Introduction

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Seamus (Justin) Heaney 1939–

Irish poet and essayist.

Critics are divided over Heaney's position in Irish poetry, some even casting him as the greatest Irish poet since W. B. Yeats. Most would agree, however, that he is poet of "sustained achievement," who has become a spokesperson for Ireland. Heaney provides...

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Seamus (Justin) Heaney 1939–

Irish poet and essayist.

Critics are divided over Heaney's position in Irish poetry, some even casting him as the greatest Irish poet since W. B. Yeats. Most would agree, however, that he is poet of "sustained achievement," who has become a spokesperson for Ireland. Heaney provides in his poetry a remarkable balance of the personal, the topical, and the universal which has made his work read and respected by a large audience in Great Britain and America. His search for continuity, as he "digs with his pen" through Irish history and culture and into the "troubles" in contemporary Northern Ireland is described in a concrete, sensuous language that has developed in resonance, density, and fineness of tone. Images of the Irish land and the Irish bog, prominent in his work, serve as important symbols: the land as the subject of the historical-contemporary struggle for possession and the bog as the metaphor for the dark unconscious of Ireland and the self.

Death of a Naturalist, Door into the Dark, and Wintering Out, his earlier works, are in the pastoral tradition, evoking the atmosphere of rural life. His later works, North and Field Work, are called his major accomplishments. In North, his most political poetry, the pastoral element is diminished. Here, Heaney links the grim Irish past with the Irish present, suggesting that love is the redeeming quality—the quality of survival. Field Work is a restrained balance between poetry and politics, Heaney having personally left the violent north to settle in Dublin. His recent Preoccupations is a collection of lectures and reviews in which Heaney examines the history of language, the poetic tradition, and the work of other poets.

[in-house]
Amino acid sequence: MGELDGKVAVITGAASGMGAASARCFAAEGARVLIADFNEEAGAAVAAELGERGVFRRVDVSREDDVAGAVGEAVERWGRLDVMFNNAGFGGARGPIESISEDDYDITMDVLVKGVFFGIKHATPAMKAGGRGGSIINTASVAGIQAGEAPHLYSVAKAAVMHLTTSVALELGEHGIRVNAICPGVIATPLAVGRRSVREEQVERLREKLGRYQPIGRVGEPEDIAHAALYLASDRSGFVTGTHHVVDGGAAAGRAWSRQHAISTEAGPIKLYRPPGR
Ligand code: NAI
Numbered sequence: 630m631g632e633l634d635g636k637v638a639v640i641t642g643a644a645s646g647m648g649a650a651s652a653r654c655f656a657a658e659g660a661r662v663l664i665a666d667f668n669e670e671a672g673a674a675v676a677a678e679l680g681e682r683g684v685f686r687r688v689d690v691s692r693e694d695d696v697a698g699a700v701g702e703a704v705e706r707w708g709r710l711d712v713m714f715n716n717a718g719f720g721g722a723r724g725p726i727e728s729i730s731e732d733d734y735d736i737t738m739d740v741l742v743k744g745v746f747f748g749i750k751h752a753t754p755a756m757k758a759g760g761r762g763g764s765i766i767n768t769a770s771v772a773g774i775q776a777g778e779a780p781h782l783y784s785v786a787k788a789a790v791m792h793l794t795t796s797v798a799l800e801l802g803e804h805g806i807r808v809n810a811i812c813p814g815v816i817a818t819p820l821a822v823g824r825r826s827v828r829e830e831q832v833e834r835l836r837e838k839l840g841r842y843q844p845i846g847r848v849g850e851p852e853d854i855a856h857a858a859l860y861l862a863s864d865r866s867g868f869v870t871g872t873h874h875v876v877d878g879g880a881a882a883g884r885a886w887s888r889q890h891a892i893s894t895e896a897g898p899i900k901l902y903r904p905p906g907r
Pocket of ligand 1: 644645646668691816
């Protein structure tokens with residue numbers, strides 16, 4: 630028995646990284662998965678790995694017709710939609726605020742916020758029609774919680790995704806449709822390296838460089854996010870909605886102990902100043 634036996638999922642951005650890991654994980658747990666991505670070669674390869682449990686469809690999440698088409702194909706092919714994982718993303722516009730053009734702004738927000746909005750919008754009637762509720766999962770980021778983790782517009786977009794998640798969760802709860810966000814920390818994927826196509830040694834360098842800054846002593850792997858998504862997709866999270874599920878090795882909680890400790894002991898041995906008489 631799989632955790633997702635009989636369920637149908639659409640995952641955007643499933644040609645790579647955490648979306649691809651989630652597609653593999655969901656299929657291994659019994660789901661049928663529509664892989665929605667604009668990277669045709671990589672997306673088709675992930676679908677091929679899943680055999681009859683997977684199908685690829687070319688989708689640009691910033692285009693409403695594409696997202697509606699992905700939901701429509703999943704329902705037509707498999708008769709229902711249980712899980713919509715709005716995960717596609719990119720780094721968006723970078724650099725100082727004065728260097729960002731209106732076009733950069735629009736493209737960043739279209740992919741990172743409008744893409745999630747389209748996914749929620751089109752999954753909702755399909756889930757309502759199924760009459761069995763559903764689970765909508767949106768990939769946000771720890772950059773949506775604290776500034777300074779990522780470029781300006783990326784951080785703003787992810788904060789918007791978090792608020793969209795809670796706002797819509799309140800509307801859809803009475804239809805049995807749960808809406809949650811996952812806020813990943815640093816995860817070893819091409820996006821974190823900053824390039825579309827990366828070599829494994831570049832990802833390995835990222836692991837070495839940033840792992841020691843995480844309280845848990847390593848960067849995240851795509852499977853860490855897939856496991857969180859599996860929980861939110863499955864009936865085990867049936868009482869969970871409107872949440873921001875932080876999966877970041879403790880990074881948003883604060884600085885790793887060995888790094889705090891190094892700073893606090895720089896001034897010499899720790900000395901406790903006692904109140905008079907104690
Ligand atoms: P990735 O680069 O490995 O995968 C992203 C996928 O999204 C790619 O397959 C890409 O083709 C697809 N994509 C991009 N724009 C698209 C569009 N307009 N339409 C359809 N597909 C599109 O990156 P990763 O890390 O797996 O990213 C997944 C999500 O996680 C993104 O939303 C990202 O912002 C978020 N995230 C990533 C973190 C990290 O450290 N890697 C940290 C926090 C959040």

(See also CLC, Vols. 5, 7, 14 and Contemporary Authors, Vols. 85-88.)

Terence Brown

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It is a mistake … to think of Heaney as merely a descriptive poet, endowed with unusual powers of observation. From the first his involvement with landscape and locale, with the physical world, has been both more personal and more remarkable in its implications than any mere act of observation and record could be. (p. 173)

For Heaney, the natural world must be accepted for what it is—heavy, palpable in its irrefutable bulk, in its almost intractable forms. He paints it in thick oils, rarely allowing (except in the delightful 'Lovers on Aran') for light, fire, air, for what the poet has himself called 'the sideral beauty' of things. (p. 174)

Heaney's sense of landscape combines erotic and religious impulses. He responds with a deep sense of the numinous in the natural world, and reads a scene as if it were governed by feminine, sexual principles. (pp. 174-75)

In Heaney's imagination, which is synthetic and osmotic (in the sense that ideas and intuitions seep across thin membranes to blend with each other), this sense of landscape and the natural world extends in its implications into his treatment of another major obsession—Irish history and mythology. The implications of his vision of landscape are that nature, for all its processes, is a static form shaped by feminine forces, worked on by energetic, crafty makers, diggers, ploughmen. Irish history too reveals itself in his poetry as a landscape, feminine, protective, preservative, in which man's artifacts and deeds are received in an embracing comprehension. Love for this deity induces dark fantasy and nightmare, drives to deeds of desperation. A more strictly historical intelligence than Heaney's moves to distinguish nature and history. Heaney, dominated by a sense of nature's powers, reads history, language and myth as bound up with nature, with territory and with landscape. (p. 175)

Heaney's sense of the self and of the poetic imagination is markedly similar to his apprehension of nature and history. He himself has remarked, indeed, that in Ireland 'our sense of the past, our sense of the land and perhaps even our sense of identity are inextricably interwoven'. So the imagination has its dark bog-like depths, its sediments and strata from which images and metaphors emerge unbidden into the light of consciousness…. Such a sense of self as bound up with, and almost indistinguishable from, the dense complex of Irish natural and historical experience, obviously allows Heaney to explore Ulster's contemporary social and political crisis through attending to his own memories and obsessions. Ireland and her goddess of territory shaped unchangeable patterns in the prehistories of landscape and of the self. History and experience lay strata upon strata, and the poet takes his soundings. So poems such as 'The Other Side' and 'A Northern Hoard' consider the poet's personal life, his recollections and nightmares, as moments when Irish reality becomes explicit in himself. (pp. 180-81)